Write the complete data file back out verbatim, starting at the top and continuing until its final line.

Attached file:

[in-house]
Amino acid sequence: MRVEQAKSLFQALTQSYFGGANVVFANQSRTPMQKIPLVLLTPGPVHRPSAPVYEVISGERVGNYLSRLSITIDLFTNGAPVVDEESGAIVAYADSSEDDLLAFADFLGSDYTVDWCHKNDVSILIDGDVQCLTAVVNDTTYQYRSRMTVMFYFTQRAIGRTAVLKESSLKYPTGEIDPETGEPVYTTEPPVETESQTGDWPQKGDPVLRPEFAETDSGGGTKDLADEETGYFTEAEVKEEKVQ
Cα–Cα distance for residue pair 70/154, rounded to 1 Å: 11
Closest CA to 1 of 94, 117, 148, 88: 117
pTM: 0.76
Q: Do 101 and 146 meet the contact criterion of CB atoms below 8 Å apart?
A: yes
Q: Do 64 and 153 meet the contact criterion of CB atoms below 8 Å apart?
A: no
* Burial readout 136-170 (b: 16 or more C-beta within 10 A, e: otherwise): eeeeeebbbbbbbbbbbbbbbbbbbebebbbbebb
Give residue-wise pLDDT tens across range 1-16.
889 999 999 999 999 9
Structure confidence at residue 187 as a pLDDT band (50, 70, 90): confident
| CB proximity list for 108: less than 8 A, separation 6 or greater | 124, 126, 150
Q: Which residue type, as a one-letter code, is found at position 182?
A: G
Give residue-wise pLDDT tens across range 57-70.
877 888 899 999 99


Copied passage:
[in-house]
Amino acid sequence: MRVEQAKSLFQALTQSYFGGANVVFANQSRTPMQKIPLVLLTPGPVHRPSAPVYEVISGERVGNYLSRLSITIDLFTNGAPVVDEESGAIVAYADSSEDDLLAFADFLGSDYTVDWCHKNDVSILIDGDVQCLTAVVNDTTYQYRSRMTVMFYFTQRAIGRTAVLKESSLKYPTGEIDPETGEPVYTTEPPVETESQTGDWPQKGDPVLRPEFAETDSGGGTKDLADEETGYFTEAEVKEEKVQ
Cα–Cα distance for residue pair 70/154, rounded to 1 Å: 11
Closest CA to 1 of 94, 117, 148, 88: 117
pTM: 0.76
Q: Do 101 and 146 meet the contact criterion of CB atoms below 8 Å apart?
A: yes
Q: Do 64 and 153 meet the contact criterion of CB atoms below 8 Å apart?
A: no
* Burial readout 136-170 (b: 16 or more C-beta within 10 A, e: otherwise): eeeeeebbbbbbbbbbbbbbbbbbbebebbbbebb
Give residue-wise pLDDT tens across range 1-16.
889 999 999 999 999 9
Structure confidence at residue 187 as a pLDDT band (50, 70, 90): confident
| CB proximity list for 108: less than 8 A, separation 6 or greater | 124, 126, 150
Q: Which residue type, as a one-letter code, is found at position 182?
A: G
Give residue-wise pLDDT tens across range 57-70.
877 888 899 999 99